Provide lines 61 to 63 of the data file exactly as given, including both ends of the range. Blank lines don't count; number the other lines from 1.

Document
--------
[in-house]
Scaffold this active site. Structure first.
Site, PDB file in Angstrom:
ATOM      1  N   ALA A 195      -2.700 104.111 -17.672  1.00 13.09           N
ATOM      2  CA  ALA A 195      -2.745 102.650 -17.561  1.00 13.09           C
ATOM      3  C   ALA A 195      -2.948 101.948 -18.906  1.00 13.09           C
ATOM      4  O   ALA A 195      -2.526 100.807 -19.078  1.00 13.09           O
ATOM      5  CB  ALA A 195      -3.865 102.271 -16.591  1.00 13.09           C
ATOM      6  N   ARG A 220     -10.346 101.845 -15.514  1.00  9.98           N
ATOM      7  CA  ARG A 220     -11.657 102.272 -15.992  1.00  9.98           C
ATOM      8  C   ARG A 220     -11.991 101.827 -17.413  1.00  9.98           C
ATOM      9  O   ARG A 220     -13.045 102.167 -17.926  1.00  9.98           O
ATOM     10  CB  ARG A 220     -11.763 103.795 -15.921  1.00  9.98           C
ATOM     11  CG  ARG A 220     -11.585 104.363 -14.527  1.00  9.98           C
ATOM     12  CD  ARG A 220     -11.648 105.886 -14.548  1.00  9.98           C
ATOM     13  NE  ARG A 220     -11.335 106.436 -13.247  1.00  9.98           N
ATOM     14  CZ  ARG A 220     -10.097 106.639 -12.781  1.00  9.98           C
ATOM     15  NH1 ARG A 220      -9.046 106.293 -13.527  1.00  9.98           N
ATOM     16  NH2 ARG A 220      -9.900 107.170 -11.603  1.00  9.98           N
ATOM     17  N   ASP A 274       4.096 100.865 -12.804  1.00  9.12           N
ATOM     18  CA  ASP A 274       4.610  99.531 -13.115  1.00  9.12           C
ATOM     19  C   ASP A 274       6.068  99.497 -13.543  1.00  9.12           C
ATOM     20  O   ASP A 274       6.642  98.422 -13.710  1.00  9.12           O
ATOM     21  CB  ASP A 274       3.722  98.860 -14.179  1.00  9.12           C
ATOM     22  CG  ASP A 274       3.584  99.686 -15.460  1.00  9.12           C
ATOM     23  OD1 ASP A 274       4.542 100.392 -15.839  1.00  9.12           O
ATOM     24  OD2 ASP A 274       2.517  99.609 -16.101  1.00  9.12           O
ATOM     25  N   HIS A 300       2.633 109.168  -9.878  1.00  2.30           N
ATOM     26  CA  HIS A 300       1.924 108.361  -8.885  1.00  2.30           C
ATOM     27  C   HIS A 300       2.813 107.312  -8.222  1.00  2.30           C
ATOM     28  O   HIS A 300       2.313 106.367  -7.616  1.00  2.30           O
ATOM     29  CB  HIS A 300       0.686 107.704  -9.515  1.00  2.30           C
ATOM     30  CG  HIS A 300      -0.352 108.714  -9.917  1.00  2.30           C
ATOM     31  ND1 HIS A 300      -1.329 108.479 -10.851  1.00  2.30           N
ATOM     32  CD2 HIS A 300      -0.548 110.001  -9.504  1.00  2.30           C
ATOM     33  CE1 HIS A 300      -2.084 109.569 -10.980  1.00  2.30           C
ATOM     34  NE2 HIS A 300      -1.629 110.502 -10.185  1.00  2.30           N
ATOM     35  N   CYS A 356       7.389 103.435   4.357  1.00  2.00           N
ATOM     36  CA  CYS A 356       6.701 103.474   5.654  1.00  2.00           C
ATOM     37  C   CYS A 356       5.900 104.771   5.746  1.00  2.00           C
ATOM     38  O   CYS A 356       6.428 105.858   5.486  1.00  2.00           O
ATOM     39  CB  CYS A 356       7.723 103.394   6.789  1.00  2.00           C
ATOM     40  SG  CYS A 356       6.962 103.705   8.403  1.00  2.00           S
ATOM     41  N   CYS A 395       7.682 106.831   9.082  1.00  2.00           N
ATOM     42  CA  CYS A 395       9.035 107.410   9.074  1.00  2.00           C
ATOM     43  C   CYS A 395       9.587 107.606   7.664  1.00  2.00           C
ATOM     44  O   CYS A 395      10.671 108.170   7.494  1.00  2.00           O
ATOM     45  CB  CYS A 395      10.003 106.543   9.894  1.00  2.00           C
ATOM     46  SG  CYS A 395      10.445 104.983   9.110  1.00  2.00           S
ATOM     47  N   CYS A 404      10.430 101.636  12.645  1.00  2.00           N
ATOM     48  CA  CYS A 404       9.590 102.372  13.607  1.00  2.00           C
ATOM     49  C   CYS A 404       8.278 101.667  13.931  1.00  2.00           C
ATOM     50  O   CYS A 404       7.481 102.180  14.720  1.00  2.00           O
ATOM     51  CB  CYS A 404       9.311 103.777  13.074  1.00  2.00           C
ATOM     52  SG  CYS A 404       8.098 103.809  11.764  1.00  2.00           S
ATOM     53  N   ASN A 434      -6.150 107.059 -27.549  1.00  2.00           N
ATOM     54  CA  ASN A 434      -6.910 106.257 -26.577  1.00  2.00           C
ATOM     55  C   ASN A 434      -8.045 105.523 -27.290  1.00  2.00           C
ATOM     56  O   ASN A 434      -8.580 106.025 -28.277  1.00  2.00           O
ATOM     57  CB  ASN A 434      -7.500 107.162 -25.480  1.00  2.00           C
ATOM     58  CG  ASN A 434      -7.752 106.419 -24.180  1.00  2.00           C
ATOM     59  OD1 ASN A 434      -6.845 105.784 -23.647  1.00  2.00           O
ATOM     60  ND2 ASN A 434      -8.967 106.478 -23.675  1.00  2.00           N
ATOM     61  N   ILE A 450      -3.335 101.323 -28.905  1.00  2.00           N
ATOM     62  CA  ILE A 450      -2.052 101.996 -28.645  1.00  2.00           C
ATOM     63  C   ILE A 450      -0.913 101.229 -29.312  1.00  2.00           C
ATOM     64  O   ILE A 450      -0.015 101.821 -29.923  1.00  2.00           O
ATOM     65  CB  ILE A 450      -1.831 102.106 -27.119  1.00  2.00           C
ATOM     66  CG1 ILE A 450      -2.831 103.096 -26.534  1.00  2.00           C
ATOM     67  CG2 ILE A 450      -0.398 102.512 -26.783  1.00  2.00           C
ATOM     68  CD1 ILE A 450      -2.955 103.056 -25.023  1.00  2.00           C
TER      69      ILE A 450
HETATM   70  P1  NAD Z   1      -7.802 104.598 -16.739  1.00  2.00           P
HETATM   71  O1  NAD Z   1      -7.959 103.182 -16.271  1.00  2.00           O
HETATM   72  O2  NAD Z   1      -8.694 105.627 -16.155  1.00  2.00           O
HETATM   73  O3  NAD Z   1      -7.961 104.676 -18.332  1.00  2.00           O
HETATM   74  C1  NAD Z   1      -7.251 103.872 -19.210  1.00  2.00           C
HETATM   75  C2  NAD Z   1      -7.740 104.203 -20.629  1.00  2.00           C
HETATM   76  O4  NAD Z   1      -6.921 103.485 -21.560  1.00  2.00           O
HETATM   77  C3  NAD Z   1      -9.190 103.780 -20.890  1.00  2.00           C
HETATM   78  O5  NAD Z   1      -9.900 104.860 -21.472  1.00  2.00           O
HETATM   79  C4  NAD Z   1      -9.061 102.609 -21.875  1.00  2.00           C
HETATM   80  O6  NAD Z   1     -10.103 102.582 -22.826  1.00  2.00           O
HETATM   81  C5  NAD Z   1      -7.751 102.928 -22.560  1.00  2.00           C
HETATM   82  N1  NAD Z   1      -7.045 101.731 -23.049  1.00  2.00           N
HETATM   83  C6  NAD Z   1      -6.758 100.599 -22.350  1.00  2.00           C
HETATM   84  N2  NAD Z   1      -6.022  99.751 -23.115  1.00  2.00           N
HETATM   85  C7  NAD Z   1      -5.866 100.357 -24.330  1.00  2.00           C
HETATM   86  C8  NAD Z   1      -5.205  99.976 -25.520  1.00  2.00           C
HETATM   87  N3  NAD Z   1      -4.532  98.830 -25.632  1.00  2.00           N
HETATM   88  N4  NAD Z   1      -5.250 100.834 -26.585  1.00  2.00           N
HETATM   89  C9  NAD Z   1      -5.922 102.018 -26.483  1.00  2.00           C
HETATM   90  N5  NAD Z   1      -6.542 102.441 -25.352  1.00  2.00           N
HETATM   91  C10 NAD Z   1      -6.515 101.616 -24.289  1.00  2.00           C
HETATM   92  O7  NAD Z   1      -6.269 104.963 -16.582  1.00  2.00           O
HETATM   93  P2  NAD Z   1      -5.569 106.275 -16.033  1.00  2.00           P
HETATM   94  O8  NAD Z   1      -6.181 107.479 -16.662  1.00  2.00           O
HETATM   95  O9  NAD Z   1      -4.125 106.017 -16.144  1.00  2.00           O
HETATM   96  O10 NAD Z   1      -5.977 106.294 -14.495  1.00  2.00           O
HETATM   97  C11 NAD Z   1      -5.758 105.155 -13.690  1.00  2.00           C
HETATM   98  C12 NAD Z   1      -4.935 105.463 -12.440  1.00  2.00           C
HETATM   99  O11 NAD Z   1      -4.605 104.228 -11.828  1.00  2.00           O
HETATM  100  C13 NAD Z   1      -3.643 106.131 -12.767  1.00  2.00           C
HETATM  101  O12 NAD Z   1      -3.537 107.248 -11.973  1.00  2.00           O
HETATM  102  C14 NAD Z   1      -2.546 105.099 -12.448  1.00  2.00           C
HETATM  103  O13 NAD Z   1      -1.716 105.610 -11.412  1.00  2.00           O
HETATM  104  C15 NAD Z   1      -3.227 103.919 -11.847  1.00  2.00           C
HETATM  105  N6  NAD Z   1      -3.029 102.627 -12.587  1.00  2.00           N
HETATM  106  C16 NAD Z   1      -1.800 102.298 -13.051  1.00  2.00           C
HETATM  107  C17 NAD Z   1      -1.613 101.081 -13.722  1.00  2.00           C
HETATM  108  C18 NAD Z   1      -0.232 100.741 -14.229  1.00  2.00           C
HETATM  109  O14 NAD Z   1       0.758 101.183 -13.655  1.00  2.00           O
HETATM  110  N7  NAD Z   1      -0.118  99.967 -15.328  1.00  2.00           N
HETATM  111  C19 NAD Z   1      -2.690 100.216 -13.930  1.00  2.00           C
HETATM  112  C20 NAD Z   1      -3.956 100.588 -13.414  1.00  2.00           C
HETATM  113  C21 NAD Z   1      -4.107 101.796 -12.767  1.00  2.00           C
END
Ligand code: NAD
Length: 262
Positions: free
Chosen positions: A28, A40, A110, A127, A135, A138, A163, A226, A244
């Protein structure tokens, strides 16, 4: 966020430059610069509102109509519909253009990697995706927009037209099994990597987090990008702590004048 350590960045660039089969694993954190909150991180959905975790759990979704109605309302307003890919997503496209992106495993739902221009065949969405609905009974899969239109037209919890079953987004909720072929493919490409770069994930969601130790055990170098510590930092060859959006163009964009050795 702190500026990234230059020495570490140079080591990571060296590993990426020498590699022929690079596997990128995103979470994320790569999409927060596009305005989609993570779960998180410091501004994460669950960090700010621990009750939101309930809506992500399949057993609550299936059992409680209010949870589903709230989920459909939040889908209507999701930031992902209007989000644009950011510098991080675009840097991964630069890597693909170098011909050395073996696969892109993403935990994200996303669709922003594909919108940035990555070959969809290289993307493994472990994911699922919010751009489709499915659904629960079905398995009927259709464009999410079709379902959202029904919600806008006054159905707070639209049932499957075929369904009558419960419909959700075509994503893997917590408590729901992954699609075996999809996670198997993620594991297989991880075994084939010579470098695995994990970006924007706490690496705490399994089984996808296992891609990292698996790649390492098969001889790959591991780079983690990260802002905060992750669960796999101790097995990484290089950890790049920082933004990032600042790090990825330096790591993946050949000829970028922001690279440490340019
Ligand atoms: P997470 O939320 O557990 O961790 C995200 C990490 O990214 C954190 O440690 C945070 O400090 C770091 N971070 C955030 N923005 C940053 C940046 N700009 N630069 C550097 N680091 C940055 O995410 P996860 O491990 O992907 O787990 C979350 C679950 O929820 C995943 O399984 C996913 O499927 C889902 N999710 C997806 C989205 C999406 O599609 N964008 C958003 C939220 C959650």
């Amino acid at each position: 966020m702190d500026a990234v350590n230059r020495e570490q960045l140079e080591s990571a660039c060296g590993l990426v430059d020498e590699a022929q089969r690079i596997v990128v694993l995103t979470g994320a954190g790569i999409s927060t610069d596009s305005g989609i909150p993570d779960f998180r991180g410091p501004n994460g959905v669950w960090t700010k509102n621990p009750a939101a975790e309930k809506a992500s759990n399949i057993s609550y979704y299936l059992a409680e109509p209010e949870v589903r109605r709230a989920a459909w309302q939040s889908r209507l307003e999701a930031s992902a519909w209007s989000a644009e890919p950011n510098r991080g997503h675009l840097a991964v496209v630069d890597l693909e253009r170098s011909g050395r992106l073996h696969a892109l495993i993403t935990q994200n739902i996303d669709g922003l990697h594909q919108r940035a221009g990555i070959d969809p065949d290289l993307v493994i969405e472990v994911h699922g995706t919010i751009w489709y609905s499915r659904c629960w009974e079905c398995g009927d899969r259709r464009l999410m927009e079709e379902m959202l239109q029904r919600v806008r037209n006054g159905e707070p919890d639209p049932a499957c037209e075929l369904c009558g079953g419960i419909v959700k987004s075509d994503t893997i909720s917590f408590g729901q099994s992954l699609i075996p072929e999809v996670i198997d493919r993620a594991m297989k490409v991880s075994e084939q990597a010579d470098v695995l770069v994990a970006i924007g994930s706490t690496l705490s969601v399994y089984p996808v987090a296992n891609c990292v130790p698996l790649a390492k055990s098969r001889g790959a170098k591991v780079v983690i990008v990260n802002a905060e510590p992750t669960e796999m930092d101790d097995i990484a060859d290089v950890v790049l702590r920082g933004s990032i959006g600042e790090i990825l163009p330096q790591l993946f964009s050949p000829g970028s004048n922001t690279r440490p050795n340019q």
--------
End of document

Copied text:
ATOM     58  CG  ASN A 434      -7.752 106.419 -24.180  1.00  2.00           C
ATOM     59  OD1 ASN A 434      -6.845 105.784 -23.647  1.00  2.00           O
ATOM     60  ND2 ASN A 434      -8.967 106.478 -23.675  1.00  2.00           N